Make These 3 Moves the Month Before You Retire

When you’ve worked hard all of your life, retirement is a milestone to truly celebrate. And if that milestone is now a mere month away, you may be growing increasingly excited by the day.

But it’s important to start off retirement on the right financial foot. So to that end, make a point to tackle these moves if you’re about a month out.

A person at a desk taking notes.

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1. Check up on your emergency savings

It’s a good idea for retirees to have a large amount of cash reserves on hand. The logic is that you wouldn’t want to have to tap your investment portfolio at a time that the market’s down and potentially lock in losses. So it’s important to have cash you can access for bill-paying purposes.

Now if you’re working, the general convention is to build an emergency fund with enough money to cover three to six months of bills. That sum could get you through a period of unemployment.

Retirement, on the other hand, may be more like a permanent period of unemployment. So it’s important to have even more cash reserves on hand in case you need to leave your investment portfolio untapped for months on end.

At a minimum, aim for a year’s worth of cash savings prior to retirement. For better protection against market swings that don’t work out in your favor, aim for two years’ worth.

If you don’t have enough cash set aside, take action now. Shift some assets around so you have the protection you need.

2. Find out what exit payment you may be entitled to from your employer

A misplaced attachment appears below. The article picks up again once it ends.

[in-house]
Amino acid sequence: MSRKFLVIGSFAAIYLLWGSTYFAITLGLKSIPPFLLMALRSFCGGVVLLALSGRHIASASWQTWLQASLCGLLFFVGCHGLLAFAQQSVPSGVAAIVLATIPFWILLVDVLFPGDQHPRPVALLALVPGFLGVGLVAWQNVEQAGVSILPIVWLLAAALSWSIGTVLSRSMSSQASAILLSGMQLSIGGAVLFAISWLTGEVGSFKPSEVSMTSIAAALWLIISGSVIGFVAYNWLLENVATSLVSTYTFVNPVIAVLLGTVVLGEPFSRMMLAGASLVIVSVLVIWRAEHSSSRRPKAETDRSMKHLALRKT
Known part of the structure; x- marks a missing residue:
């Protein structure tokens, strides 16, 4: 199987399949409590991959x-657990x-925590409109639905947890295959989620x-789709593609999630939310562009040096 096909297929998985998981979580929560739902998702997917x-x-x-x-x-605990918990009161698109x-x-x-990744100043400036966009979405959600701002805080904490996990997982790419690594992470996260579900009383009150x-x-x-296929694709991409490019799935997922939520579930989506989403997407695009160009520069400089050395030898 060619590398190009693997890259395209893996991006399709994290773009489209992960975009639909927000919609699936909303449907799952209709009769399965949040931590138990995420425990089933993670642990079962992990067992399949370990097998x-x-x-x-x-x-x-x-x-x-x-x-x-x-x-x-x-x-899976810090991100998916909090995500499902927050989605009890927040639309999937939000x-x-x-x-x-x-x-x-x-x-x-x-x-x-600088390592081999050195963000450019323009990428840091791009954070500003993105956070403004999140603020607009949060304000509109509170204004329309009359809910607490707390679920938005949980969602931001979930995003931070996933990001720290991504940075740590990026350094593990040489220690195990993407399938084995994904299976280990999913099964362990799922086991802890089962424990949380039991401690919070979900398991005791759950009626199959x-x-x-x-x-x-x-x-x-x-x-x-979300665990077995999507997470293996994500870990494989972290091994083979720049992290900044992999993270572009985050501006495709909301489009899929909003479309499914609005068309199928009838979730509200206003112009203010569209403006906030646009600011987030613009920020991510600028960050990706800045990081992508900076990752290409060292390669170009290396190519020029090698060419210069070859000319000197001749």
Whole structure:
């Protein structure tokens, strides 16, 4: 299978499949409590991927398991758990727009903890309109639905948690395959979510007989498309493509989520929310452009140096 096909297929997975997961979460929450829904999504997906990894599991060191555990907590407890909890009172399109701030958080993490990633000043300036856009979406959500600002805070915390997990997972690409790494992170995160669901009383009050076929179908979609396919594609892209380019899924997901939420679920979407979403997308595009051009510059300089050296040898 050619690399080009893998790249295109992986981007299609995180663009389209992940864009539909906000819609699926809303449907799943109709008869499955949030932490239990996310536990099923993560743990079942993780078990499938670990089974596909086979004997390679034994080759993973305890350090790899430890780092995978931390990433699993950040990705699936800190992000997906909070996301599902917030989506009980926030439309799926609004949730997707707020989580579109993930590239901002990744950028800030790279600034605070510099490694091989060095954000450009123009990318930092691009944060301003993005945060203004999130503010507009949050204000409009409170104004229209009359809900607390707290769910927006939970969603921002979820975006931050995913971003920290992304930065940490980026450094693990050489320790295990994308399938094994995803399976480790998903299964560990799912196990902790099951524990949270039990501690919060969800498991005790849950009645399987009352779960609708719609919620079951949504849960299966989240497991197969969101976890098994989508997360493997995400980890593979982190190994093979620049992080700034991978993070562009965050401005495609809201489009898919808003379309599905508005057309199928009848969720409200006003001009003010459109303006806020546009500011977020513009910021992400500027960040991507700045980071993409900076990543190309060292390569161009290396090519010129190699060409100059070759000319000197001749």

You may be entitled to some sort of payout on the part of your employer in conjunction with your retirement. Now’s the time to find out what sum you’re entitled to so you can make the most of it — or avoid the trap of assuming you’ll get a large payout when you’re really only entitled to a small one.

If you have accrued vacation time you never took, for example, you may be eligible to be compensated for it upon your departure. Talk to your benefits or payroll department so you know exactly what to expect.

3. See if you’re able to access your long-term savings penalty-free

Ideally, you’ve been saving independently for retirement in a 401(k) or IRA, or another long-term savings plan. Depending on your retirement age, you may or may not be able to access that money penalty-free, so it’s important to find out.

If you have funds in an IRA or 401(k), you usually have to wait until age 59 1/2 to avoid an early withdrawal penalty. But there can be an exception for 401(k) holders.

If you’re retiring during the calendar year you’ve turned or are turning 55 or later, you can generally take withdrawals from your most recent employer’s 401(k) without a penalty. However, that rule doesn’t apply to money you might have in a separate retirement plan, like an IRA you’ve been managing yourself on the side.

You may almost be at the point where you’re counting down the hours, not days, until retirement arrives. But make these moves when you’re a month out so you can start off in a good place, financially speaking.

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